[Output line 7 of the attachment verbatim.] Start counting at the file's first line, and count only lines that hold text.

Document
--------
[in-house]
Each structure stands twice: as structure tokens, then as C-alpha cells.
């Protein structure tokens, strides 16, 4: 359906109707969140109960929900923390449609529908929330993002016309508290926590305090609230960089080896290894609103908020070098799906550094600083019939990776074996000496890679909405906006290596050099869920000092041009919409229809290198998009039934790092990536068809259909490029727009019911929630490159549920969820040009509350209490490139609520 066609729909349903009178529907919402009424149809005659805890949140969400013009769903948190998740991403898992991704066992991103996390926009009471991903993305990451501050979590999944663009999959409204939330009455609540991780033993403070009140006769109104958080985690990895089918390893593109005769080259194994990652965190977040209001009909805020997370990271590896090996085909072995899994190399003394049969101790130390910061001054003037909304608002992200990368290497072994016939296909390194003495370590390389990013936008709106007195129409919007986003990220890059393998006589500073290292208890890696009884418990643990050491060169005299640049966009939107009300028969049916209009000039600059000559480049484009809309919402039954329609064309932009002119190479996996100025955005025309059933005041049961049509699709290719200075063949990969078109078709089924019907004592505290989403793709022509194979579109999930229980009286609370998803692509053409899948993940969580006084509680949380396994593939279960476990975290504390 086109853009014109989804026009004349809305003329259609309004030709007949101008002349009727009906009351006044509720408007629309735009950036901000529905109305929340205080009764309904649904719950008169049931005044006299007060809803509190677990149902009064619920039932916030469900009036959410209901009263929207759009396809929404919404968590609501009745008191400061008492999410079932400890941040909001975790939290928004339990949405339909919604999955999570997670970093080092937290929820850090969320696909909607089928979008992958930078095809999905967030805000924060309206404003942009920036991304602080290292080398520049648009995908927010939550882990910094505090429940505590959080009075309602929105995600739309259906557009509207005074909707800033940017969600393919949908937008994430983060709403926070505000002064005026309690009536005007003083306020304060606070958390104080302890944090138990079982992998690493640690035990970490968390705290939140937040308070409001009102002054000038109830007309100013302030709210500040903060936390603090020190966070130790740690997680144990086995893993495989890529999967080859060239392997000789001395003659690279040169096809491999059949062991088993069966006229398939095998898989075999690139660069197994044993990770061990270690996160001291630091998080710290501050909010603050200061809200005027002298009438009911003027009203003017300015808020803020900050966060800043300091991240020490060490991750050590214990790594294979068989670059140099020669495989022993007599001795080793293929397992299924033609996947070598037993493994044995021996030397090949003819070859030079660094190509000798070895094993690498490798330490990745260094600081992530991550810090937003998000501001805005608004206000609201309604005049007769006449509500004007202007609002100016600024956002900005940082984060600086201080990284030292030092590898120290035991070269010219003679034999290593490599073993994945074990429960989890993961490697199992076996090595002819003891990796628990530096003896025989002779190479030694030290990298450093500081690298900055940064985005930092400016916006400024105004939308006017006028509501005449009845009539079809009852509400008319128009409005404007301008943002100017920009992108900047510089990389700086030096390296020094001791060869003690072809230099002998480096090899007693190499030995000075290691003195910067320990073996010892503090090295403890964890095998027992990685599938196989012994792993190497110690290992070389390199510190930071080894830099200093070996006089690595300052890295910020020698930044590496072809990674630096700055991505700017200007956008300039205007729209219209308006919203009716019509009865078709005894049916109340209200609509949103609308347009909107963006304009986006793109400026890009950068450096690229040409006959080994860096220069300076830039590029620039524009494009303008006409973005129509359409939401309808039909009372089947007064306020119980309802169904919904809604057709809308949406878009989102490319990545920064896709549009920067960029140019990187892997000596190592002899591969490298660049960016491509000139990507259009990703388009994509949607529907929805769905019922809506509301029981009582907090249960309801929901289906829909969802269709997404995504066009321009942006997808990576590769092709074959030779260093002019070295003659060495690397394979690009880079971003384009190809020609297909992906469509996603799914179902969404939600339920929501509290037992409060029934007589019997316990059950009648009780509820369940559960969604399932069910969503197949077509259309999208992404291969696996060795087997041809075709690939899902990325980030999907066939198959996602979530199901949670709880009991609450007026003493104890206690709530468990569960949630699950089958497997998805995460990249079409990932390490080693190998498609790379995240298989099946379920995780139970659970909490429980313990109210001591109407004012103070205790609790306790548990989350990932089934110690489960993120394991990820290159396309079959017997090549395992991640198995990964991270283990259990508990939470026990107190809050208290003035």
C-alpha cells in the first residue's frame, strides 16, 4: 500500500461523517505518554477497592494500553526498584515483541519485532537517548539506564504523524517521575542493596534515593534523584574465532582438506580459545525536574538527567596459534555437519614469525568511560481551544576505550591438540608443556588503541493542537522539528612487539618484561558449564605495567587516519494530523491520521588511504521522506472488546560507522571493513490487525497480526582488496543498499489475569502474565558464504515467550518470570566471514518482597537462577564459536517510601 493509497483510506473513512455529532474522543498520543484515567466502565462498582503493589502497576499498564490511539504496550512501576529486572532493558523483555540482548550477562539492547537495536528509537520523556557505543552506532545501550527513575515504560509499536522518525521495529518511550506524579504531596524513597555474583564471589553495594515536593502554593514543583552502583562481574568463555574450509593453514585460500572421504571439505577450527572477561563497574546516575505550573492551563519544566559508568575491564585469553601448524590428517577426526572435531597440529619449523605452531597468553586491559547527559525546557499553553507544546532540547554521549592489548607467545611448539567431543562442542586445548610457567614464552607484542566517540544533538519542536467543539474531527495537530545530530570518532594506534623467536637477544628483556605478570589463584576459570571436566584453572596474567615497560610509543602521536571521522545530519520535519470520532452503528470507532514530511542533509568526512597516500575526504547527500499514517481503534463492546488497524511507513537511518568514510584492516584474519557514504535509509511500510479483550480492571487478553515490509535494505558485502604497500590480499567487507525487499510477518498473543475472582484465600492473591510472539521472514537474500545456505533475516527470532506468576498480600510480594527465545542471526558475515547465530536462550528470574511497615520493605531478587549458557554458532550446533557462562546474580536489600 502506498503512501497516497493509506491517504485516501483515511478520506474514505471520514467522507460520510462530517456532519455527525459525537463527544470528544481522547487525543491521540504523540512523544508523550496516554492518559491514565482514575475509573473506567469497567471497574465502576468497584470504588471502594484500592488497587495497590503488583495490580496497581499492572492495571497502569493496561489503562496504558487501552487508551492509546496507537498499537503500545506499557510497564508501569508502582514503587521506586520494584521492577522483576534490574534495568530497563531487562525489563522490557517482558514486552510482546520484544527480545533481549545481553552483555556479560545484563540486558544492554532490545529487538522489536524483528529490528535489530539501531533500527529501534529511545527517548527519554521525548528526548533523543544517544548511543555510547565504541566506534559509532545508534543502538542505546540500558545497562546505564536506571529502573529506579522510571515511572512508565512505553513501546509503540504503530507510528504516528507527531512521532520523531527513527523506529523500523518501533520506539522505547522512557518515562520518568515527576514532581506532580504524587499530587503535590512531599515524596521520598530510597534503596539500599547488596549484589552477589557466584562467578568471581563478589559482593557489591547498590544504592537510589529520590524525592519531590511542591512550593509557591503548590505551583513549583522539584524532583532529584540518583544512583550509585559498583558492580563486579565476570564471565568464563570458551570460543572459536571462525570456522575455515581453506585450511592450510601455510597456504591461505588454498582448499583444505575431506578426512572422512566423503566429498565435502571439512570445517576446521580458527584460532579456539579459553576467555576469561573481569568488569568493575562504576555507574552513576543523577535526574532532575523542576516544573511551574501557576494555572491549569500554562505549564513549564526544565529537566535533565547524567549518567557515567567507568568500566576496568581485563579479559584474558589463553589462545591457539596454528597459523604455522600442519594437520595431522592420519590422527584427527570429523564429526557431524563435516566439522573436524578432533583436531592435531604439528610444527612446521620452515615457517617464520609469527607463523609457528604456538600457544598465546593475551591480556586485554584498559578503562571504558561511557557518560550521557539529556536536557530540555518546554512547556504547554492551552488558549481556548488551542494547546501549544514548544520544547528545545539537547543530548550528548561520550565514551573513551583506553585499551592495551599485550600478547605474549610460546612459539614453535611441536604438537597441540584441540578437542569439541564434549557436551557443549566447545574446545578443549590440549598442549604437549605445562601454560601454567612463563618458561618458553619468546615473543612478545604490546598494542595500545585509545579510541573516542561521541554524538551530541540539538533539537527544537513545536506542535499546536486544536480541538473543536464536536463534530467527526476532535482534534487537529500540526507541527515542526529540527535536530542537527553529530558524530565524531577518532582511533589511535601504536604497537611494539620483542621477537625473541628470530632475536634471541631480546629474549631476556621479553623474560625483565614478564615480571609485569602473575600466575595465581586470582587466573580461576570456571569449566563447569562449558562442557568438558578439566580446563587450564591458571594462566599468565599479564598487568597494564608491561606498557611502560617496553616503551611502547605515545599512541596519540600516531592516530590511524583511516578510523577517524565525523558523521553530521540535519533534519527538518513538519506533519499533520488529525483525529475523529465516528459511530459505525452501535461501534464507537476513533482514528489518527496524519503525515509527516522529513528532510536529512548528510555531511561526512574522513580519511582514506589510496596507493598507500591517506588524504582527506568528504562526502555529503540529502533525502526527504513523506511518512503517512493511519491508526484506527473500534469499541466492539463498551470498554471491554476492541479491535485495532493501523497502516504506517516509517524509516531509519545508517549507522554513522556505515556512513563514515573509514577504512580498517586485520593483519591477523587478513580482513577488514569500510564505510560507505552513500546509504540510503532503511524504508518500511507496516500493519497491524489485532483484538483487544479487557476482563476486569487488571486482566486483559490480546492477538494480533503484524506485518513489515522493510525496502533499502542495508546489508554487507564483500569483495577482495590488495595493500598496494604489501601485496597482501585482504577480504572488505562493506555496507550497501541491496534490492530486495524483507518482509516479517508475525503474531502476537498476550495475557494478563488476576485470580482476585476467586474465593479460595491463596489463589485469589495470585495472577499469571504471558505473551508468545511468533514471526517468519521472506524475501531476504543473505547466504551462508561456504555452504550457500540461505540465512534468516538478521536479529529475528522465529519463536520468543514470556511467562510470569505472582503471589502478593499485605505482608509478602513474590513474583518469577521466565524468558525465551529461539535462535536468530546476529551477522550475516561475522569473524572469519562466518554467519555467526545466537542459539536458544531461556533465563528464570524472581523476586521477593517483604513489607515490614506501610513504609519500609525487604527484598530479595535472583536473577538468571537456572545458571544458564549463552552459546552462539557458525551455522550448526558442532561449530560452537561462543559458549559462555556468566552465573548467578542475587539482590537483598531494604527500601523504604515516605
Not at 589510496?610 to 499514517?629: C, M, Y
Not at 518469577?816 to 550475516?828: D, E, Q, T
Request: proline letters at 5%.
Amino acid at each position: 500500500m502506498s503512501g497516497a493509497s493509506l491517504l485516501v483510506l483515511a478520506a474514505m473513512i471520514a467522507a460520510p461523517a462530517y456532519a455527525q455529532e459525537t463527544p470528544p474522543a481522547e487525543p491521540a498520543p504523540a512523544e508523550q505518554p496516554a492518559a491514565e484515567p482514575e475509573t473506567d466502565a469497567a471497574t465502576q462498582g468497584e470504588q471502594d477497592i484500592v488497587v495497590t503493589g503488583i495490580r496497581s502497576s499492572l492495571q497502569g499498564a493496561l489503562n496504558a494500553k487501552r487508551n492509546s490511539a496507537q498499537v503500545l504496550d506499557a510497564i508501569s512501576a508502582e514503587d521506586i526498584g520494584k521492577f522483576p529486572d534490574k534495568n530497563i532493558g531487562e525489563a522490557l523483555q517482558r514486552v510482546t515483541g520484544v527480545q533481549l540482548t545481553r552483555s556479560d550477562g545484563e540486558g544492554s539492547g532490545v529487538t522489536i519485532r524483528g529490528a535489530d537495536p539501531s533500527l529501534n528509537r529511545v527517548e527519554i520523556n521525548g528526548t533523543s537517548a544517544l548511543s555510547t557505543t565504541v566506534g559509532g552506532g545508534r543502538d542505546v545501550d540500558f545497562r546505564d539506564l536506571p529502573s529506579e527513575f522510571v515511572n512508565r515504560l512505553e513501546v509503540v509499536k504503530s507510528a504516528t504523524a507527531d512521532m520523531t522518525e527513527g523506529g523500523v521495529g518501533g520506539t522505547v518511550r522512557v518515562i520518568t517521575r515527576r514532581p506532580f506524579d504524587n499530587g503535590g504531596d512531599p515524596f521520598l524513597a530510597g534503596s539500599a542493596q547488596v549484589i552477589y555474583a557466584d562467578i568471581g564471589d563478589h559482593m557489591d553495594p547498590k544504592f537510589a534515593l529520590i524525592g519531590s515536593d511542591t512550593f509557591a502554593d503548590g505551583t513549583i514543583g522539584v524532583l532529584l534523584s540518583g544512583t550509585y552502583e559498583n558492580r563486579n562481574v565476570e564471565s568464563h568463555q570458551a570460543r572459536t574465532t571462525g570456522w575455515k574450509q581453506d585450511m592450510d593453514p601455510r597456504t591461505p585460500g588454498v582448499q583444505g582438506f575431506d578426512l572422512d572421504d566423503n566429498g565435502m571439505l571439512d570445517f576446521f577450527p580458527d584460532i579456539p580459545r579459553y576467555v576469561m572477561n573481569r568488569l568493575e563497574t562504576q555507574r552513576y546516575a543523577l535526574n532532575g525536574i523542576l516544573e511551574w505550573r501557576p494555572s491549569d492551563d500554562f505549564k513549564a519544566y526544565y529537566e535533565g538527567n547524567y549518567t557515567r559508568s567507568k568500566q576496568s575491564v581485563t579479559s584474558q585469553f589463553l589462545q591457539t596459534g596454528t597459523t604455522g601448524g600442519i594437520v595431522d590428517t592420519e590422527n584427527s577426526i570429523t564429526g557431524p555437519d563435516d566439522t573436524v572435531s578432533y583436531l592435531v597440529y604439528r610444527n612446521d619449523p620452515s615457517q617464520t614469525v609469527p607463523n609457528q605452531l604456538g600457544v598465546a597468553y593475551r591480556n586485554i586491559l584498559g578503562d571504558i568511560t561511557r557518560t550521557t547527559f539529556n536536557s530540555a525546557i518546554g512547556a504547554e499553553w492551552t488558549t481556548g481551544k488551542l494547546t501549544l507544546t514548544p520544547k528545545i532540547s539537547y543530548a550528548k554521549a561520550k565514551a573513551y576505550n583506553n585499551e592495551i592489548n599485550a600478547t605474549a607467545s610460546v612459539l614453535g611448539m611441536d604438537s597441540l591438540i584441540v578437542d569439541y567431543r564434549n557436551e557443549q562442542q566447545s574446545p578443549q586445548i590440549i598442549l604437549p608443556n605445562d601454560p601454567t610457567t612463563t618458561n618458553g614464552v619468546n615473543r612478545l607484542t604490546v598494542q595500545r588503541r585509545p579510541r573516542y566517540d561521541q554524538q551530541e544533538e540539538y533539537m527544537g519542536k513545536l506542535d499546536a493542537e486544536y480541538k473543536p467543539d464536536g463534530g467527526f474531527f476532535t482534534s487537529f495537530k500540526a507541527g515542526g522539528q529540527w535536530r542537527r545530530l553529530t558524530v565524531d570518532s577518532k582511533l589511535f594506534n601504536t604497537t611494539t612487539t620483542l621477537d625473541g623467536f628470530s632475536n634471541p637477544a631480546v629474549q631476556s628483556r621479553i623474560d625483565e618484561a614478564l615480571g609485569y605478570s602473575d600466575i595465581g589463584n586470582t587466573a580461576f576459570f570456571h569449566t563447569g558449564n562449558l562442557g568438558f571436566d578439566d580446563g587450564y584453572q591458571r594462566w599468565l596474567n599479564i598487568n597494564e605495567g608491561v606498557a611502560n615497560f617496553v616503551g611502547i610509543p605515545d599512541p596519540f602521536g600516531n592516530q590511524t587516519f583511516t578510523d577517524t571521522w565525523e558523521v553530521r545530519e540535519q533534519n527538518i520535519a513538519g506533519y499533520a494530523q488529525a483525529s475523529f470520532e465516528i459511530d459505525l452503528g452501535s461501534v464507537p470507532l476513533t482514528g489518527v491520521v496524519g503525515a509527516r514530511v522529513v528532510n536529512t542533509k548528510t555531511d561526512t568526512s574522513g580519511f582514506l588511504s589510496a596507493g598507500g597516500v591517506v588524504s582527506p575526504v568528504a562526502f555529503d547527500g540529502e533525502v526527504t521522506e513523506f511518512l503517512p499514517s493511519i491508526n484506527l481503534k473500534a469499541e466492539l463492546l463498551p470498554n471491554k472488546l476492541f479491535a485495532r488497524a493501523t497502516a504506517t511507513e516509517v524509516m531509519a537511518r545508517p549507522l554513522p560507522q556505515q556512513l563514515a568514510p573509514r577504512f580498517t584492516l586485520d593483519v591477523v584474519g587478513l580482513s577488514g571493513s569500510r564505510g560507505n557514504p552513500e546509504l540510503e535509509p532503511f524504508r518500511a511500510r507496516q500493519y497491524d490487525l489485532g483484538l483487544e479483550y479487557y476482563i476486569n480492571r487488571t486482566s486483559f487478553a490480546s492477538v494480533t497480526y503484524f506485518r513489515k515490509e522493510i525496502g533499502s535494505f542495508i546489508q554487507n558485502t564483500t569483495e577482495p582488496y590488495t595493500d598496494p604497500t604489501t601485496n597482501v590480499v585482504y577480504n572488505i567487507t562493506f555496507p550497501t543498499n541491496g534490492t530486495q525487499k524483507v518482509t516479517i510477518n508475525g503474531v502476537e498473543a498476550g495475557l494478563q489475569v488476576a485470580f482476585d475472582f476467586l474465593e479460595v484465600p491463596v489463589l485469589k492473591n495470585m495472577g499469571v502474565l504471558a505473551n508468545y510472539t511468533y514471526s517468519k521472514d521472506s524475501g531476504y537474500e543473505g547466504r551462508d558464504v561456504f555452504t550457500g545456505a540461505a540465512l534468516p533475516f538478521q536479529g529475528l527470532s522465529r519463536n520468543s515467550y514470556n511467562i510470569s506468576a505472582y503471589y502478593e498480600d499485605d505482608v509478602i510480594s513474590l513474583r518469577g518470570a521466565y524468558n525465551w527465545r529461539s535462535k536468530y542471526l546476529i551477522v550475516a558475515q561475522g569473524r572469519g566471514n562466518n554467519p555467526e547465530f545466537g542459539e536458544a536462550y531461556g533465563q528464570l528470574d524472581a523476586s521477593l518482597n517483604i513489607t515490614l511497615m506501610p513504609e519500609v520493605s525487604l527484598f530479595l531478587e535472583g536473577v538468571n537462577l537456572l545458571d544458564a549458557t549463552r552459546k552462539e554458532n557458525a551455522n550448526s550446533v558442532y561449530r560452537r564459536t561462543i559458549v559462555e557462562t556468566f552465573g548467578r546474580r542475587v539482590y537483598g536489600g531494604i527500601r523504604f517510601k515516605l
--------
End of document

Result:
Request: proline letters at 5%.